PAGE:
Question: I’m really unclear about the food truck laws in Toronto. Can you explain this more clearly?

Answer: The confusion is warranted as the issue of food trucks and street food have been kind of up in the air for almost seven years in Toronto. But there’s hope for food truck owners, food vendors and their fans as the city is going to get friendlier for folks interested in this type of food service, if everything goes according to plan.


Toronto may finally be ready to cut food trucks some slack on the city’s streets — making the permit process easier and allowing these gourmet food vendors on wheels to stay in place to offer their services for longer, according to The Globe and Mail.

If things run smoothly, it looks like by summer, the creation of these new street food bylaws will fall in place and folks in the food truck business will enjoy a fruitful season selling gourmet goodness to people in Toronto.

It’s been tough for food trucks in Toronto but the change looks hopeful

Though it seems most people have been all for the awesome food trucks trend, getting the city to accommodate it through re-working their laws has been a challenge.

“The city has been heavily criticized in the past for having strict regulations on how food trucks can operate,” reports the Globe and Mail, “Food vendors are currently regulated by six separate, yet overlapping, bylaws, some of which date back to 1998.”

But the Toronto Star reported this week that this may be the summer mobile trucks — with their delicious, diverse variety of foods — will thrive as city staff work to help the city get more food truck friendly and allow for them to operate without hassle.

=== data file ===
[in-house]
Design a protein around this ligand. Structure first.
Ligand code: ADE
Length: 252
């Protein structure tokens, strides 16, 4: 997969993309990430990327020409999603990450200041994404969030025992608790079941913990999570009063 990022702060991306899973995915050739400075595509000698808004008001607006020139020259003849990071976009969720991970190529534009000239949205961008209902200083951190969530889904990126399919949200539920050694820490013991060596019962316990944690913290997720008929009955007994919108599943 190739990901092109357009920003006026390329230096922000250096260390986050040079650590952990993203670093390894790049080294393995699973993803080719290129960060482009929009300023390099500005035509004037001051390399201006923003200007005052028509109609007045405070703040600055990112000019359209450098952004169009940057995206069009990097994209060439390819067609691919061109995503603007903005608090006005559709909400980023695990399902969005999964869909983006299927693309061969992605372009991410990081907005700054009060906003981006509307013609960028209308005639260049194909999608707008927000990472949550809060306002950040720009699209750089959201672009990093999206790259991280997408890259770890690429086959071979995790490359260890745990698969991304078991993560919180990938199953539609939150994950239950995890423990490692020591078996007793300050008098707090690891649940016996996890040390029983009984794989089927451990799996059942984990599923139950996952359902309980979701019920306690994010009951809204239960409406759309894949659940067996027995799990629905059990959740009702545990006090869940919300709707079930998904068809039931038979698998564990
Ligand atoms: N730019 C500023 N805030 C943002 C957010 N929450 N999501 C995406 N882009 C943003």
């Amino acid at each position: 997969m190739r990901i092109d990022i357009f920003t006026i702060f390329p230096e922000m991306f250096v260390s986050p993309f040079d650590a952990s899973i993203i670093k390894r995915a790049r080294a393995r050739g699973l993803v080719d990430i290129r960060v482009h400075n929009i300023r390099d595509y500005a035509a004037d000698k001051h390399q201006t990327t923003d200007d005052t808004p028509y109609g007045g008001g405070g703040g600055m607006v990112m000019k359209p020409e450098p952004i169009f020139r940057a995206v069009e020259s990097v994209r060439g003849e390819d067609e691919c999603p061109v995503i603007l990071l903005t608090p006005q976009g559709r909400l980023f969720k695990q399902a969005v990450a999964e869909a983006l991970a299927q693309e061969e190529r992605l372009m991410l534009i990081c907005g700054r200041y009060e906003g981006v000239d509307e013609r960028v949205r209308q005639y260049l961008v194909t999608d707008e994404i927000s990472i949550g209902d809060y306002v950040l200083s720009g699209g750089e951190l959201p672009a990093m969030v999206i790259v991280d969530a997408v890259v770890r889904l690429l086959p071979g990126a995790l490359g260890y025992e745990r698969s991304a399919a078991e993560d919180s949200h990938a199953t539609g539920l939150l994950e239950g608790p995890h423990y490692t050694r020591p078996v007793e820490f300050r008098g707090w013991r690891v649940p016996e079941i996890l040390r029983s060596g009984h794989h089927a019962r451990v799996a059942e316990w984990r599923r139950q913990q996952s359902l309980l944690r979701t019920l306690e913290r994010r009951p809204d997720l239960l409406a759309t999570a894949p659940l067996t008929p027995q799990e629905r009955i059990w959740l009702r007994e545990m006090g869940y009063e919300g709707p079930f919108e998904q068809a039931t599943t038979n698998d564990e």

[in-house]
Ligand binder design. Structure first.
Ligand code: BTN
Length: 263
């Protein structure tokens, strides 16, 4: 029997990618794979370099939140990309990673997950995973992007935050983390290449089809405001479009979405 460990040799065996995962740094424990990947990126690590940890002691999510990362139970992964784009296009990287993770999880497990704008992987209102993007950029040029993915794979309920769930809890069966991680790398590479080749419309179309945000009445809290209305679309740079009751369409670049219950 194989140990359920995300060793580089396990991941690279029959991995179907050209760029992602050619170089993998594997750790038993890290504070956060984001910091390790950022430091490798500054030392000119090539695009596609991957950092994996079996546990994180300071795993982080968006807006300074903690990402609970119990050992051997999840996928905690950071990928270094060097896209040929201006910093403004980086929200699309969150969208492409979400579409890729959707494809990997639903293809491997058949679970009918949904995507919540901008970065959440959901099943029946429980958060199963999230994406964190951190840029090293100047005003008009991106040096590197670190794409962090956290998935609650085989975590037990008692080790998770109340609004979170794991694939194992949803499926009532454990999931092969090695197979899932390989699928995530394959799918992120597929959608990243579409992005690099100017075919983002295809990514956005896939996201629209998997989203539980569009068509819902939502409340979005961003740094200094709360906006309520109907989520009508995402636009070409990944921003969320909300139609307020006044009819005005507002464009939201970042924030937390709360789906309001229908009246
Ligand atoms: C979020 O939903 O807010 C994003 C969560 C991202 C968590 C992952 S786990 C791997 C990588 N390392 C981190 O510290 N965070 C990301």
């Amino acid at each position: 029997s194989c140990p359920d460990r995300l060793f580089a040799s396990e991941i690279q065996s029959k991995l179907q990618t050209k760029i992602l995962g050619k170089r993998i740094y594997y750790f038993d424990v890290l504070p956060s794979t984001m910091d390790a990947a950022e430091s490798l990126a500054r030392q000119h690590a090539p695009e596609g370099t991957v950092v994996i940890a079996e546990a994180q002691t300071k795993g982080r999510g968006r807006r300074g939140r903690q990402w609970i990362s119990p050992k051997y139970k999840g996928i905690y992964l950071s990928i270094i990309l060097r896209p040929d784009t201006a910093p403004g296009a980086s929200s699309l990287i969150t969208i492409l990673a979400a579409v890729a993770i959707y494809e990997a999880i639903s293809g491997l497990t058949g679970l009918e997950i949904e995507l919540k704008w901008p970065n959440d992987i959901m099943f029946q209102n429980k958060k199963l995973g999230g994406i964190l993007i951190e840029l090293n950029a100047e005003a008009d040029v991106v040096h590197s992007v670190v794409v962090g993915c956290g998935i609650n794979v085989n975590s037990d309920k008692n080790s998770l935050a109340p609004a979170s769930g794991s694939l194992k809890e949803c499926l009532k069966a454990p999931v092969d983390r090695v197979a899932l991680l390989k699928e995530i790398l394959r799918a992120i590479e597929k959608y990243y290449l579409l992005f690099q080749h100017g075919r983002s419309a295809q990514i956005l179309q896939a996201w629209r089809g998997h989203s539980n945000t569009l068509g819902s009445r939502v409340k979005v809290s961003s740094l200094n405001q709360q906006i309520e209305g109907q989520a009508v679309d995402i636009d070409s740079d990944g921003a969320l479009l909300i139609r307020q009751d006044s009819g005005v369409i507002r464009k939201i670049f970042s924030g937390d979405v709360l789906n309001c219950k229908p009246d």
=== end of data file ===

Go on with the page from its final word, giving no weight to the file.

“Food trucks aren’t allowed on most city streets, and they can’t sell on private lots for more than 10 minutes. (That rule is definitely gone, said councillor McMahon),” says The Star about the current food truck situation.

Food truck enthusiasts and the public will have to wait for the specifics though— which won’t happen until around March 18 when the Licensing and Standards committee meets, according to The Star.

But the future seems hopeful as it looks like food trucks will eventually have designated spots in our city. Of course, the city will make sure the parked location of these mobile food vendors won’t interfere with necessary parking situations or competing restaurants.

Food trucks are delicious and green

While this is great news for food truck owners — this wouldn’t be a BizEnergy story if we didn’t bring up how energy-efficient and green this trend could be. We’ll keep you posted on the progress of these new city bylaws and the fate of food trucks in Toronto.

For businesses, we offer an Energy Audit.


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